But the announcements were met by an outpouring of criticism by scientists who say the virus is still ‘rife’ and people becoming complacent could fuel a second epidemic. 

Dr Alison Pittard, head of the Faculty of Intensive Care Medicine, told the Guardian: ‘People might think Covid-19 is over with, why do I have to wear a face mask. But it isn’t over. We still have Covid-19 patients in intensive care. 

‘If the public don’t physically distance and don’t wear face coverings we could very quickly get back to where we were earlier this year.’

Volunteers had to say whether they agreed, strongly agreed or disagreed or strongly disagreed to questions including, ‘The chance that I will get the coronavirus during my lifetime is very high’, ‘I have washed my hands more often’ and ‘I have stockpiled bigger amounts of food’.

Lead author of the research, Dr Bartłomiej Nowak, an economist at SWPS, said his research reinforced the theory that people with so-called ‘Dark Triad’ traits were less likely to comply with Covid-19 measures.

He wrote in the study: ‘Such findings are congruent with details about the fact that people who are high on these traits are more impulsive, focus on self-interest, and tend toward risk-taking.

‘Weaker preventive behavior among those characterized by the Dark Triad traits was partially explained by their health beliefs about the coronavirus, and in particular higher levels of perceived barriers against prevention and lower self-efficacy.

‘Participants higher on the Dark Triad traits seemed to be concerned with negative aspects of prevention and not consider the benefits of it.’

Co-author Zemojtel-Piotrowska, an associate professor at the university, admitted the study was limited because Poland has largely managed to avert a major crises.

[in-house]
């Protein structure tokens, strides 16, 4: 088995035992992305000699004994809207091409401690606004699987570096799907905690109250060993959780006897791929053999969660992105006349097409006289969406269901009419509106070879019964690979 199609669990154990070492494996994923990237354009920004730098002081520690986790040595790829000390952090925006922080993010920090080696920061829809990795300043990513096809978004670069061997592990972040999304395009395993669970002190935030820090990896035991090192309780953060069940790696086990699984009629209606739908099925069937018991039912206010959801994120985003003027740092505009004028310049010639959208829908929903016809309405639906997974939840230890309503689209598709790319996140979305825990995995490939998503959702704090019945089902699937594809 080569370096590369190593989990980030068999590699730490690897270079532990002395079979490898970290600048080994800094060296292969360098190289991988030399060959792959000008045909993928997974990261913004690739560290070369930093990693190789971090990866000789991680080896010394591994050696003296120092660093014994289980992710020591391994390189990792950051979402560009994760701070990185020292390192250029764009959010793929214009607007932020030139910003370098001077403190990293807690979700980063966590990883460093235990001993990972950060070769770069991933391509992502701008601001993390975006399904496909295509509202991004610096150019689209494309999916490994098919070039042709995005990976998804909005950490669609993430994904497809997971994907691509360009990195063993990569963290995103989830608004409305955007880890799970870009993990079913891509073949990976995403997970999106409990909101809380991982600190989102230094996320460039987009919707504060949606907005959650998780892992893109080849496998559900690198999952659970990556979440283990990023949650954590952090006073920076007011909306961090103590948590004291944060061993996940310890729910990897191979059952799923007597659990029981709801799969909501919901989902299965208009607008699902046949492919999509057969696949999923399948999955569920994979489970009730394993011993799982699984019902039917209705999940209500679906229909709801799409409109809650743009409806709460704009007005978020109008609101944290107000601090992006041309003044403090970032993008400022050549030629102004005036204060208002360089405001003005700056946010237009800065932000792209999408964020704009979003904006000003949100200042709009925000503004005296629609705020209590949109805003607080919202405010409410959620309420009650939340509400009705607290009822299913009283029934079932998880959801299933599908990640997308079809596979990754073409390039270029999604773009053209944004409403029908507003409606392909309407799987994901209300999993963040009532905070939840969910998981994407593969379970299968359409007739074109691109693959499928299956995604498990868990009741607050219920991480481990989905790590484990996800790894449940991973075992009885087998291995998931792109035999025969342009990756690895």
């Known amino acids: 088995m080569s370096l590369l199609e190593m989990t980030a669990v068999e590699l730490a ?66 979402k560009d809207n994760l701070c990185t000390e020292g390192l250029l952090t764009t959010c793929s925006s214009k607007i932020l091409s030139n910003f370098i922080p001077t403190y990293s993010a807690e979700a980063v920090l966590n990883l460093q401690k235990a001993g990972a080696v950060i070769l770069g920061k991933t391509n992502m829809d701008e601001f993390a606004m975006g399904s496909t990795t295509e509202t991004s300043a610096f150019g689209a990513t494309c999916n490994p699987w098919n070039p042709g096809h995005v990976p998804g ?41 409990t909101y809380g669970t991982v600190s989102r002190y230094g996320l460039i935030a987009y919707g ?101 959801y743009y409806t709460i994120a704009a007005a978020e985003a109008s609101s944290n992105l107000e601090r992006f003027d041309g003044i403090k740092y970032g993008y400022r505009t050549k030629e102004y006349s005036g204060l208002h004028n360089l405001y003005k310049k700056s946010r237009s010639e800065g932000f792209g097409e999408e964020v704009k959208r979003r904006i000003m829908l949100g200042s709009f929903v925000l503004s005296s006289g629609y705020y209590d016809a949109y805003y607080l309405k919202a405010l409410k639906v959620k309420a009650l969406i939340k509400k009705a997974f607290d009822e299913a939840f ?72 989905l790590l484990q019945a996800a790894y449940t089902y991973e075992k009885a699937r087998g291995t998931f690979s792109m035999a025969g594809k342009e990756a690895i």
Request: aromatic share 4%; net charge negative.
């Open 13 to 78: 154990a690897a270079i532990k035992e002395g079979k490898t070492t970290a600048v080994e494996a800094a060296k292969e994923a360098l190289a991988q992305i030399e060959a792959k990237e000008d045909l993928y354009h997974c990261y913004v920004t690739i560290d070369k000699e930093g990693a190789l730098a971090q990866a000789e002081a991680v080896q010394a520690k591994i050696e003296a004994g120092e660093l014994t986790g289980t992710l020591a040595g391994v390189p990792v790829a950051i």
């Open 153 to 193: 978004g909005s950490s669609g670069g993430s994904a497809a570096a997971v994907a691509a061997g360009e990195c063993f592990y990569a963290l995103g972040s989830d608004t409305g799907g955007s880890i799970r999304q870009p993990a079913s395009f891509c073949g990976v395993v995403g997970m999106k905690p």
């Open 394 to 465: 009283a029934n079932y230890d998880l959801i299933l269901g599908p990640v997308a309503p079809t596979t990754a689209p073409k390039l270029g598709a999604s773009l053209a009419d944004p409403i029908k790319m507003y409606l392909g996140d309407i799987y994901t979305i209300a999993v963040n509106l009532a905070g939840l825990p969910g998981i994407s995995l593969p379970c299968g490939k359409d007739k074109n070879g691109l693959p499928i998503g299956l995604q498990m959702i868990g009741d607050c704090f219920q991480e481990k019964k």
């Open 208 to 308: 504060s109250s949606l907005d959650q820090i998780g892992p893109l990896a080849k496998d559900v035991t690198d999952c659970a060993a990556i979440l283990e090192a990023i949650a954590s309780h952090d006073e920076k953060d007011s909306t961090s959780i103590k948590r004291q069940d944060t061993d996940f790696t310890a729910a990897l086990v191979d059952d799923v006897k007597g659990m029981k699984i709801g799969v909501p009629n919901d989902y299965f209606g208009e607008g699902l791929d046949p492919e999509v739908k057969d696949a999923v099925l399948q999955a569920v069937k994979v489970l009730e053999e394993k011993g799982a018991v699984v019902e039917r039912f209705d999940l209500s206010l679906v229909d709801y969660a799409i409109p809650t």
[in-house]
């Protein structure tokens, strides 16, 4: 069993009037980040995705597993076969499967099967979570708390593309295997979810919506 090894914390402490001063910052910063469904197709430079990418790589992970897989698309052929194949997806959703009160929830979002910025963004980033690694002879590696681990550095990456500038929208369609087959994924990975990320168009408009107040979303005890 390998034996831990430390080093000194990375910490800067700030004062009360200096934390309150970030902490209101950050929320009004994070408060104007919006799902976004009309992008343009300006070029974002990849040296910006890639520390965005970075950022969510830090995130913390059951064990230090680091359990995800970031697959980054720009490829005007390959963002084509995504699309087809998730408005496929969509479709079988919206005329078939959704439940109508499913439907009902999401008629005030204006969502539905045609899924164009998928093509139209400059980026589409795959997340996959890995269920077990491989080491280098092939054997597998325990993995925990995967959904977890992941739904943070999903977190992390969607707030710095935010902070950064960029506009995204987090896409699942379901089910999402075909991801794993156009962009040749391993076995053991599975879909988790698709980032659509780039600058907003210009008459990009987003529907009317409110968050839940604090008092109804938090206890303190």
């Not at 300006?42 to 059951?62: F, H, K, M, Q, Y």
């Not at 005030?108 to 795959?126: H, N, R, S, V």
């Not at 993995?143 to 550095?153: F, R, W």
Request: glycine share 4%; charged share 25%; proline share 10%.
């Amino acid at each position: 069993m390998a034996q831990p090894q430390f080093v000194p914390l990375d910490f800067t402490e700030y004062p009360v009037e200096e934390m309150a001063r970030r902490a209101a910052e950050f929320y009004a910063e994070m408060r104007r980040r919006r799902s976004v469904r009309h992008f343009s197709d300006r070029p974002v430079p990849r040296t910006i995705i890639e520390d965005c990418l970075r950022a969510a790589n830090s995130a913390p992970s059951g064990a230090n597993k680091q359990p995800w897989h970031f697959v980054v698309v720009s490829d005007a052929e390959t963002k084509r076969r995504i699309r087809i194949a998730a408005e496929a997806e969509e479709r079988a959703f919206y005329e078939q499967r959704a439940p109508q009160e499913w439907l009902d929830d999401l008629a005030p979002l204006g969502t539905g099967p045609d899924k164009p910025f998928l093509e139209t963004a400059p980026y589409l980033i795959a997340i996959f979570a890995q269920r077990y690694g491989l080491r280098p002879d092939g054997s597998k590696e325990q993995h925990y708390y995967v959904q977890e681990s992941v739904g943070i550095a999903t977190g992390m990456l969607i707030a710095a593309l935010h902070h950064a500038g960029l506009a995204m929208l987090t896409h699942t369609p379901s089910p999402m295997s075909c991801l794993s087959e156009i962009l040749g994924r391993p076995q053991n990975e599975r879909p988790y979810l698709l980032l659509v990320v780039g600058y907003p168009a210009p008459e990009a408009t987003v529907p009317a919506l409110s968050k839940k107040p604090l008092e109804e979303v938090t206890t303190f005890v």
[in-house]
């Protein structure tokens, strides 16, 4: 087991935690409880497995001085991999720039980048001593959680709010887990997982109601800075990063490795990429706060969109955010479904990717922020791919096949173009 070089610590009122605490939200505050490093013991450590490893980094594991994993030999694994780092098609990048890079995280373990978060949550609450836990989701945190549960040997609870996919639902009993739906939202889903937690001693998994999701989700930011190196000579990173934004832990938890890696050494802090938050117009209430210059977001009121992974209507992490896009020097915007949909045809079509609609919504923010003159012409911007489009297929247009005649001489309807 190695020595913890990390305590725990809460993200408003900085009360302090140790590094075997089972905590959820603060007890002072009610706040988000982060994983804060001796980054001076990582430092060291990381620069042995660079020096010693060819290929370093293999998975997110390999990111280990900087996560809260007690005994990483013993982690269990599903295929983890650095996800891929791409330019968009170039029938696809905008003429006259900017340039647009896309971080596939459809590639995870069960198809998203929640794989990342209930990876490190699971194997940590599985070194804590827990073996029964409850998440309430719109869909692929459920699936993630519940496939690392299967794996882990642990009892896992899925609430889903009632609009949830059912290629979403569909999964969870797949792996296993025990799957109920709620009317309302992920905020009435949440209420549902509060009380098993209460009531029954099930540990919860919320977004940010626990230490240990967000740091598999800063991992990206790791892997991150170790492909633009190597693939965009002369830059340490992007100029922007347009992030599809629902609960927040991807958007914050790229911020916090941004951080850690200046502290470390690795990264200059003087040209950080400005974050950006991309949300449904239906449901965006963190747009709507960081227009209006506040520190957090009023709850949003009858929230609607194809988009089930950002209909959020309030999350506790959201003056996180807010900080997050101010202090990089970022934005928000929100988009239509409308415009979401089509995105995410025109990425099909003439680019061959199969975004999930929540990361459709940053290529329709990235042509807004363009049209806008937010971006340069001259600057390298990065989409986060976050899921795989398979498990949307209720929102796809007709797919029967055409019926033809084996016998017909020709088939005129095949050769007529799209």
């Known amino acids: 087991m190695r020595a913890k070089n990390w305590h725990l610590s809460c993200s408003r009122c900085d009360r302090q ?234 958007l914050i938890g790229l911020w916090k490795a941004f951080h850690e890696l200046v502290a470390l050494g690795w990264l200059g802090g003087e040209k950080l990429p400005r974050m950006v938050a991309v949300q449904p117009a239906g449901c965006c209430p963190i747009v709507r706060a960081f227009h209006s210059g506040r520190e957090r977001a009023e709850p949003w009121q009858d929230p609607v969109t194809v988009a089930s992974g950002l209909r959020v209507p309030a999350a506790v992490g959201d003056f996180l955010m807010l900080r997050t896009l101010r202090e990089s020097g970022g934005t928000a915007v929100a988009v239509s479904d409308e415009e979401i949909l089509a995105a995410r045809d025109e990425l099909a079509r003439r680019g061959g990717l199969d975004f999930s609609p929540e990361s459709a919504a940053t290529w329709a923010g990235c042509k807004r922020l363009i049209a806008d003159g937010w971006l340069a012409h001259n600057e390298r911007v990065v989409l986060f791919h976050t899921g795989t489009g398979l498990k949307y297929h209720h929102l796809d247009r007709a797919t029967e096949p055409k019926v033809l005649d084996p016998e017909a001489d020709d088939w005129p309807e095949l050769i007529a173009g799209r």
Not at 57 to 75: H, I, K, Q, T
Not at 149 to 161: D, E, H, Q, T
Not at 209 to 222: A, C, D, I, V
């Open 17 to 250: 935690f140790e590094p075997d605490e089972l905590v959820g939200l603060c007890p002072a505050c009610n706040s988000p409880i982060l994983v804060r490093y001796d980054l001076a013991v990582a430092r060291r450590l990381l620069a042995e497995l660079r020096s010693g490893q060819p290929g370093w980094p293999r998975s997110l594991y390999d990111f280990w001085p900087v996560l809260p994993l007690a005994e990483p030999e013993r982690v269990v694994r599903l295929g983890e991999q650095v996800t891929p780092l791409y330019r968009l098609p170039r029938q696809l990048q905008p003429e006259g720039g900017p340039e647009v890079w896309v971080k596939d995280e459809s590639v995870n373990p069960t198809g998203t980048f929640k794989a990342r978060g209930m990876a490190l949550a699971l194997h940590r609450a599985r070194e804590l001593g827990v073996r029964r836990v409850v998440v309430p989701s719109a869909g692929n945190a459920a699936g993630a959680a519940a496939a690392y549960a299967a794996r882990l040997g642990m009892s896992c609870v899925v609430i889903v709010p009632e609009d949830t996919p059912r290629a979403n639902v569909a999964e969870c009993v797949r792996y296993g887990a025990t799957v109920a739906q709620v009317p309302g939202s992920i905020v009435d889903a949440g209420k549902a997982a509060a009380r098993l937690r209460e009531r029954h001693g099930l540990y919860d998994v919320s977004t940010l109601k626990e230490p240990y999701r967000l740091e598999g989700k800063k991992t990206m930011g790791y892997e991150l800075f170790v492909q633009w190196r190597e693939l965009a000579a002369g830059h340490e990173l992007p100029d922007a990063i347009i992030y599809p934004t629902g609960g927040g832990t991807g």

The European nation of 38million people has suffered just 1,642 deaths – which may mean the perceived threat of the virus is not as high among citizens. 

She told PsyPost: ‘Our study was conducted in one culture – in an affluent, stable European society, not seriously affected by the coronavirus.

‘We do not know why exactly people with dark personalities tend to buy more supplies – because they are more greedy or they are more competitive than others or they more take care about their personal comfort due to their feelings of entitlement.’

The second study, by the University of Warsaw, surveyed 263 people in Poland through online surveys between April 14 and April 30, at the height of the crisis in Europe.

It also found that compliance with guidelines was low among people who had narcissistic or psychopathic tendencies.  

These people viewed the restrictions as the Government forcing its will upon them, which they do not like due to their sense of entitlement, the researchers found.

Those who were more compassionate and empathetic viewed them as ‘a sense of moral obligation to protect fellow countrymen’.

Narcissists also did not perceive the virus as a danger to their health, so they saw no reason to comply with the rules. 

Whereas people who were quite nervous or anxious in nature viewed the panedmic as a threat, which translated into compliance, they wrote in the study.  

The researchers also found that people who scored higher on measures of narcissism or psychopathy were more likely to view the Covid-19 situation as positive in nature, possibly because they viewed the circumstances as ripe for exploitation. 

Experts in the UK are growing concerned that there could be a ‘lockdown rebellion’ in some areas of England if local lockdowns need to keep being brought back in.

The UK Government’s current strategy is to avoid a national lockdown at all costs and instead put tough restrictions on areas that experience spikes in infections.

Leicester was the first area in England to roll back the measures on June 29, just weeks after they were eased for the rest of the country.